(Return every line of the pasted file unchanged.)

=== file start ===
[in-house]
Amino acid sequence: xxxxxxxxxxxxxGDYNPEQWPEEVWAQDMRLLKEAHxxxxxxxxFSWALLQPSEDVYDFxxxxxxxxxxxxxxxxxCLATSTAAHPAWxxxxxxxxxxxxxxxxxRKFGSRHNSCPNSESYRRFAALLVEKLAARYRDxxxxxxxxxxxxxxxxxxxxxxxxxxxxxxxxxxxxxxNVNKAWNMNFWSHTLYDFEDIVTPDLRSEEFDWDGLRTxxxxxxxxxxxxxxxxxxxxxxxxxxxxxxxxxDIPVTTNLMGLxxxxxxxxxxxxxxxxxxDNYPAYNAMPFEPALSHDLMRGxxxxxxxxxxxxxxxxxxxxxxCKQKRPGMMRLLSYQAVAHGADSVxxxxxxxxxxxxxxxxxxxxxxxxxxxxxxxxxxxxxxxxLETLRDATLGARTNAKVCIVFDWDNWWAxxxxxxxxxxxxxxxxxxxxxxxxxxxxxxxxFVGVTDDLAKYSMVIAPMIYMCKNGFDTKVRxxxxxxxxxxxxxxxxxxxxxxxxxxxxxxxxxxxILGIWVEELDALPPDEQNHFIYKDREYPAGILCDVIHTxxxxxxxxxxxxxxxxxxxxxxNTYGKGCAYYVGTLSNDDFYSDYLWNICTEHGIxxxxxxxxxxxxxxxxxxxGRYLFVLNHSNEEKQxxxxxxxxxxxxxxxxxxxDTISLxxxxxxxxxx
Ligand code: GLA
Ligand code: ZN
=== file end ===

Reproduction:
[in-house]
Amino acid sequence: xxxxxxxxxxxxxGDYNPEQWPEEVWAQDMRLLKEAHxxxxxxxxFSWALLQPSEDVYDFxxxxxxxxxxxxxxxxxCLATSTAAHPAWxxxxxxxxxxxxxxxxxRKFGSRHNSCPNSESYRRFAALLVEKLAARYRDxxxxxxxxxxxxxxxxxxxxxxxxxxxxxxxxxxxxxxNVNKAWNMNFWSHTLYDFEDIVTPDLRSEEFDWDGLRTxxxxxxxxxxxxxxxxxxxxxxxxxxxxxxxxxDIPVTTNLMGLxxxxxxxxxxxxxxxxxxDNYPAYNAMPFEPALSHDLMRGxxxxxxxxxxxxxxxxxxxxxxCKQKRPGMMRLLSYQAVAHGADSVxxxxxxxxxxxxxxxxxxxxxxxxxxxxxxxxxxxxxxxxLETLRDATLGARTNAKVCIVFDWDNWWAxxxxxxxxxxxxxxxxxxxxxxxxxxxxxxxxFVGVTDDLAKYSMVIAPMIYMCKNGFDTKVRxxxxxxxxxxxxxxxxxxxxxxxxxxxxxxxxxxxILGIWVEELDALPPDEQNHFIYKDREYPAGILCDVIHTxxxxxxxxxxxxxxxxxxxxxxNTYGKGCAYYVGTLSNDDFYSDYLWNICTEHGIxxxxxxxxxxxxxxxxxxxGRYLFVLNHSNEEKQxxxxxxxxxxxxxxxxxxxDTISLxxxxxxxxxx
Ligand code: GLA
Ligand code: ZN